Probably more than he intended, Max Hastings' essay in The Times - appropriately coinciding with publication of the general election results - highlights one of the dangers of popular (and populist) patriotism. Hastings argues that the British (and indeed French and Russian) aircraft carriers give an appearance of strength, but are of little use compared with smaller ships that need to be built instead.
The philosopher Hannah Arendt rightly said that patriotism is part of the world of appearances, but, unfortunately attention to appearance and symbols often means giving reality short shrift. The ordinary patriot, such as those former Labour voters who distrusted Corbyn's lack of patriotism, would not intend to be putting pressure on politicians to go in for 'hairy chest beating', as Hastings puts it, rather than proper security, but nonetheless can easily fall into doing so if she worries about national humiliation.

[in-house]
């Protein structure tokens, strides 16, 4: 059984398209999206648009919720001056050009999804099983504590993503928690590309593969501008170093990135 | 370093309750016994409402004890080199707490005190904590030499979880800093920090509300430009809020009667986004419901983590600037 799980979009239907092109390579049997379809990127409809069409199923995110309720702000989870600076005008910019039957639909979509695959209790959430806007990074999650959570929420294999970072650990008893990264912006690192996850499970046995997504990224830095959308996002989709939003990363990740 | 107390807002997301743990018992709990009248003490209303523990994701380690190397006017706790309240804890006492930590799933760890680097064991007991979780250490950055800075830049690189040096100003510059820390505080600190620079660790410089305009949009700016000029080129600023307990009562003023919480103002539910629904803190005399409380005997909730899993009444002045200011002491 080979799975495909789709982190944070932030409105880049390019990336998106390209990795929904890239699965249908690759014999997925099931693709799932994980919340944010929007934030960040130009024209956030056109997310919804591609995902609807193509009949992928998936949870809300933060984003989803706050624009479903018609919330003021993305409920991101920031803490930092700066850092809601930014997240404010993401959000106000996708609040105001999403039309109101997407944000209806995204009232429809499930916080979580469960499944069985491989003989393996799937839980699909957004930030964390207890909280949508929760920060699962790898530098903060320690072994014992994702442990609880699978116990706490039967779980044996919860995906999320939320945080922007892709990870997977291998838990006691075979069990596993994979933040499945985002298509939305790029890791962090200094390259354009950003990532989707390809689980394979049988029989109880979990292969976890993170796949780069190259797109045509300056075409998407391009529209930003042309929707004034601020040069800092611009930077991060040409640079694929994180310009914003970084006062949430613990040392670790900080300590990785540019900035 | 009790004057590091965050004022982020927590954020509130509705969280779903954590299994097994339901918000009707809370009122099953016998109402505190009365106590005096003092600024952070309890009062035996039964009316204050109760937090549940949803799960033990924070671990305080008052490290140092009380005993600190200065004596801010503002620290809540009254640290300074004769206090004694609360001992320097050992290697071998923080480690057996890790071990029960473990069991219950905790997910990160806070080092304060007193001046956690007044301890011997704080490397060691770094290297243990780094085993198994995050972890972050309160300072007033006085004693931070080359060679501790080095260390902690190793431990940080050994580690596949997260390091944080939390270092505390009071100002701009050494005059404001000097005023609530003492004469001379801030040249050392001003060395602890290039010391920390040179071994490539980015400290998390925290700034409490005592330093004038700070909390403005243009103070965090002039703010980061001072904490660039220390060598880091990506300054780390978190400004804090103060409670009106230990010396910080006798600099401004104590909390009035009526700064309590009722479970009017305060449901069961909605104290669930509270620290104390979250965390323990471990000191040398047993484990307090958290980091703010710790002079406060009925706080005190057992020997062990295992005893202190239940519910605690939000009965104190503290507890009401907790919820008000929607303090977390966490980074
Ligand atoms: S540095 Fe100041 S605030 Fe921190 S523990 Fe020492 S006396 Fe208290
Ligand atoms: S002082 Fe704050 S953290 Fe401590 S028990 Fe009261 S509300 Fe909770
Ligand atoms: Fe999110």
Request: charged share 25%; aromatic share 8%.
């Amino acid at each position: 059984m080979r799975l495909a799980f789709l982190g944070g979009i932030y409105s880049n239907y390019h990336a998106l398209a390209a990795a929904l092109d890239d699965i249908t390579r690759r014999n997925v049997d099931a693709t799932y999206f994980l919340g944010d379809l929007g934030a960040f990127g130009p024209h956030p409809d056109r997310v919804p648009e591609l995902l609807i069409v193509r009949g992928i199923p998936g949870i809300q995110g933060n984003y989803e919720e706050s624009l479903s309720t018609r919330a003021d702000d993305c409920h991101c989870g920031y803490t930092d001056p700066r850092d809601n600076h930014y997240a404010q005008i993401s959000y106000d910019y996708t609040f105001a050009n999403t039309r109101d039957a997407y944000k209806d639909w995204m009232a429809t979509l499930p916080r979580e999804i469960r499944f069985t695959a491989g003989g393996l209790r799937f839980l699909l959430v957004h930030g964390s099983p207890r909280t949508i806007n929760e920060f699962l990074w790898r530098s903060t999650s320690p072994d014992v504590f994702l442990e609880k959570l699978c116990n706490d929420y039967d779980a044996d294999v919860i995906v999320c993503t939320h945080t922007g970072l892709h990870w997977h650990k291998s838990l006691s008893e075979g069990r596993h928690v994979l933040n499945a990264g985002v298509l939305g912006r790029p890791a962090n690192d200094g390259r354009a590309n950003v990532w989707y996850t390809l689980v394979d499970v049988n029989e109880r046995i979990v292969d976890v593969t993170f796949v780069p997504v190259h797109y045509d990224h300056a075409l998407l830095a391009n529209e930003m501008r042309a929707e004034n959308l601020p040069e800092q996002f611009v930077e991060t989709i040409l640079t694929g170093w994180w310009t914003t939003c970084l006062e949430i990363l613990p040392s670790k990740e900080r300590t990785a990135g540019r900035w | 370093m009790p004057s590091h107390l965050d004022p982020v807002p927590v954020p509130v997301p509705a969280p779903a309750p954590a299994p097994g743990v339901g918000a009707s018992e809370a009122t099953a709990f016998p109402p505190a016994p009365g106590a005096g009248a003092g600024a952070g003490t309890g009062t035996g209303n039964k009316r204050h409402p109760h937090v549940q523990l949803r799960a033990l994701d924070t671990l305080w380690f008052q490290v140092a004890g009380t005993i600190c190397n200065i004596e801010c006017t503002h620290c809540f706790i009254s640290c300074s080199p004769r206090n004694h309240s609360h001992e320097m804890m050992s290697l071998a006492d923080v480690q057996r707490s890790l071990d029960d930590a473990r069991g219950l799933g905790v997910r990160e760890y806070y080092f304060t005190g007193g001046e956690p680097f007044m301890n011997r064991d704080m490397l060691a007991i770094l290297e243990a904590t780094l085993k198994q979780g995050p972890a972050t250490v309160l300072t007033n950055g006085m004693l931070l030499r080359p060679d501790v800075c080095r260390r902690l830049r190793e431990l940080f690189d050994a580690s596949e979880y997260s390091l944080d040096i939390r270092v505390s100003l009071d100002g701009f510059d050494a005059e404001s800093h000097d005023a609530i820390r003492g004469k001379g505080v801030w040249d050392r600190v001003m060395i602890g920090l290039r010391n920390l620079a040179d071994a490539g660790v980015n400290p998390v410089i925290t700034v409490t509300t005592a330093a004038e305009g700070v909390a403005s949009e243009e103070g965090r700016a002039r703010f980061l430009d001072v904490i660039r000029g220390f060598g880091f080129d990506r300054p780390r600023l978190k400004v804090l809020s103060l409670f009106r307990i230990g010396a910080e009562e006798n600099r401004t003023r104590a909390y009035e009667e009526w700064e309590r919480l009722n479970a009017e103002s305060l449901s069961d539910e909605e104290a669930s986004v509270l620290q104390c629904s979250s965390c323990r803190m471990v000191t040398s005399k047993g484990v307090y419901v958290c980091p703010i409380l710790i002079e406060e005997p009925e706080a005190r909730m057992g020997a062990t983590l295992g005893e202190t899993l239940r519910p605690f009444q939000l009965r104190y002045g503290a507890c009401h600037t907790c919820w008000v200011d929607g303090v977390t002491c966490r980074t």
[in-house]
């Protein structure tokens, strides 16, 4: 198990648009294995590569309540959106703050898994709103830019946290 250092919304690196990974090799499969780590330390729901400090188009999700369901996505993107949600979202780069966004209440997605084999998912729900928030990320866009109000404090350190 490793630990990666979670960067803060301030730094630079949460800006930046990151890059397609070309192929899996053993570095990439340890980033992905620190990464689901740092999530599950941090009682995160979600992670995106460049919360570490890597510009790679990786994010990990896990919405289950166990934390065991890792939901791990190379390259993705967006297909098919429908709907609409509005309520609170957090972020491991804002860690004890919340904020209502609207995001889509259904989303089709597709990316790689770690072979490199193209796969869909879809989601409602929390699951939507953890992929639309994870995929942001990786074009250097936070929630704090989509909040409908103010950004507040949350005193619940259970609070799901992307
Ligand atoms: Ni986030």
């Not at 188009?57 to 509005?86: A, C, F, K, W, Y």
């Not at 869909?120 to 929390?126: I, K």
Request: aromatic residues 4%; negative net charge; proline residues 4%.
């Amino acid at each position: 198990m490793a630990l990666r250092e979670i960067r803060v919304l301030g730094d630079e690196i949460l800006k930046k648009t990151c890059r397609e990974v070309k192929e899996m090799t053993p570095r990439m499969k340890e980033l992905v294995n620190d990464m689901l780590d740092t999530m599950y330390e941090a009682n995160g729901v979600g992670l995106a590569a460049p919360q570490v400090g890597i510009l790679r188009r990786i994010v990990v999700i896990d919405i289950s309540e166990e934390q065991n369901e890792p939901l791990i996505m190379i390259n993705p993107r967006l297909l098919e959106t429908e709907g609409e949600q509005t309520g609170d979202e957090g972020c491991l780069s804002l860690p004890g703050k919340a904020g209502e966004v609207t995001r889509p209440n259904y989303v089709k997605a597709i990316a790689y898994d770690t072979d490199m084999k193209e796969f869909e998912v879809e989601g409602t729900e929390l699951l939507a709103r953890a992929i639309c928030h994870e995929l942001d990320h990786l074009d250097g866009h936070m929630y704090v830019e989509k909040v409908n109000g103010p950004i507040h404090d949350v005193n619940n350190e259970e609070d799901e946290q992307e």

I have no truck with people who scoff at or look down on popular patriotism, but I feel free to warn about the dangers inherent in the patriot's credo. One of those dangers is to squander resources on making a delusive show of strength rather than on effective defence and security.